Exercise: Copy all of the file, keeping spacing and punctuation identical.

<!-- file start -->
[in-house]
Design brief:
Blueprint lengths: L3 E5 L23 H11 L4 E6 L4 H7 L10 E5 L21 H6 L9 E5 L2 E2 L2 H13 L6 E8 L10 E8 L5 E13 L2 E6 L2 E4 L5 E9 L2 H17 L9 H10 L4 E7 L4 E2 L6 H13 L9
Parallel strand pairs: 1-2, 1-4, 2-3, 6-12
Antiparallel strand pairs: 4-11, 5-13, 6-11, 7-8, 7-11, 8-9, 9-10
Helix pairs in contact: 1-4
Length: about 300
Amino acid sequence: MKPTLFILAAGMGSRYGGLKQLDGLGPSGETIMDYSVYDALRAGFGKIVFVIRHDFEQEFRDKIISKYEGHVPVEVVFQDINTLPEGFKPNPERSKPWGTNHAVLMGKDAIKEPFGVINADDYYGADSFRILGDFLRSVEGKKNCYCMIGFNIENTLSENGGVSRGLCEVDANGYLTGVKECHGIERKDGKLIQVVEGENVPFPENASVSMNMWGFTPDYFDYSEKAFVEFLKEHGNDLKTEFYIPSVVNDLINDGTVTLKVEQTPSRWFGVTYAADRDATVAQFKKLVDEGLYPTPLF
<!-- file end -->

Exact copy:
[in-house]
Design brief:
Blueprint lengths: L3 E5 L23 H11 L4 E6 L4 H7 L10 E5 L21 H6 L9 E5 L2 E2 L2 H13 L6 E8 L10 E8 L5 E13 L2 E6 L2 E4 L5 E9 L2 H17 L9 H10 L4 E7 L4 E2 L6 H13 L9
Parallel strand pairs: 1-2, 1-4, 2-3, 6-12
Antiparallel strand pairs: 4-11, 5-13, 6-11, 7-8, 7-11, 8-9, 9-10
Helix pairs in contact: 1-4
Length: about 300
Amino acid sequence: MKPTLFILAAGMGSRYGGLKQLDGLGPSGETIMDYSVYDALRAGFGKIVFVIRHDFEQEFRDKIISKYEGHVPVEVVFQDINTLPEGFKPNPERSKPWGTNHAVLMGKDAIKEPFGVINADDYYGADSFRILGDFLRSVEGKKNCYCMIGFNIENTLSENGGVSRGLCEVDANGYLTGVKECHGIERKDGKLIQVVEGENVPFPENASVSMNMWGFTPDYFDYSEKAFVEFLKEHGNDLKTEFYIPSVVNDLINDGTVTLKVEQTPSRWFGVTYAADRDATVAQFKKLVDEGLYPTPLF